Invasive aspergillosis in patients admitted to the intensive care unit with severe influenza: a retrospective cohort study

Dutch-Belgian Mycosis study group

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    Background Invasive pulmonary aspergillosis typically occurs in an immunocompromised host. For almost a century, influenza has been known to set up for bacterial superinfections, but recently patients with severe influenza were also reported to develop invasive pulmonary aspergillosis. We aimed to measure the incidence of invasive pulmonary aspergillosis over several seasons in patients with influenza pneumonia in the intensive care unit (ICU) and to assess whether influenza was an independent risk factor for invasive pulmonary aspergillosis.

    Methods We did a retrospective multicentre cohort study. Data were collected from adult patients with severe influenza admitted to seven ICUs across Belgium and The Netherlands during seven influenza seasons. Patients were older than 18 years, were admitted to the ICU for more than 24 h with acute respiratory failure, had pulmonary infiltrates on imaging, and a confirmed influenza infection based on a positive airway PCR test (influenza cohort). We used logistic regression analyses to determine if influenza was independently associated with invasive pulmonary aspergillosis in non-immunocompromised (ie, no European Organization for Research and Treatment of Cancer/Invasive Fungal Infections Cooperative Group and the National Institute of Allergy and Infectious Diseases Mycoses Study Group [EORTC/MSG] host factor) influenza-positive patients (influenza case group) compared with nonimmunocompromised patients with severe community-acquired pneumonia who had a negative airway influenza PCR test (control group).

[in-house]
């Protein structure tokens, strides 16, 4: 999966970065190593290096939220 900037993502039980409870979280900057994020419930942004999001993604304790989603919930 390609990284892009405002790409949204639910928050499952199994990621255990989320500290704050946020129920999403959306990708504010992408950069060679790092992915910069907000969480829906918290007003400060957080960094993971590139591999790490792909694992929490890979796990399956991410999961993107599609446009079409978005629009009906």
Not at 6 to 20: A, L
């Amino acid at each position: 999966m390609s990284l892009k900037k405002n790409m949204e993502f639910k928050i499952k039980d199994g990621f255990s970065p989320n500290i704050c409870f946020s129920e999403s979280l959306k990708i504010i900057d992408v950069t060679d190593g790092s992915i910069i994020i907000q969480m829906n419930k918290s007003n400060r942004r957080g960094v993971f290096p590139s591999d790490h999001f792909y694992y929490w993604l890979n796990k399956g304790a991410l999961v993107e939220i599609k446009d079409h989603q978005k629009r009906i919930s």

Findings Data were collected from patients admitted to the ICU between Jan 1, 2009, and June 30, 2016. Invasive pulmonary aspergillosis was diagnosed in 83 (19%) of 432 patients admitted with influenza (influenza cohort), a median of 3 days after admission to the ICU. The incidence was similar for influenza A and B. For patients with influenza who were immunocompromised, incidence of invasive pulmonary aspergillosis was as high as 32% (38 of 117 patients), whereas in the non-immunocompromised influenza case group, incidence was 14% (45 of 315 patients). Conversely, only 16 (5%) of 315 patients in the control group developed invasive pulmonary aspergillosis. The 90-day mortality was 51% in patients in the influenza cohort with invasive pulmonary aspergillosis and 28% in the influenza cohort without invasive pulmonary aspergillosis (p=0.0001). In this study, influenza was found to be independently associated with invasive pulmonary aspergillosis (adjusted odds ratio 5.19; 95% CI 2.63-10.26; p

    Interpretation Influenza was identified as an independent risk factor for invasive pulmonary aspergillosis and is associated with high mortality. Future studies should assess whether a faster diagnosis or antifungal prophylaxis could improve the outcome of influenza-associated aspergillosis. Copyright (C) 2018 Elsevier Ltd. All rights reserved.

    Original languageEnglish
    Pages (from-to)782-792
    Number of pages11
    JournalThe Lancet. Respiratory Medicine
    Issue number10
    Early online date31-Jul-2018
    Publication statusPublished - Oct-2018


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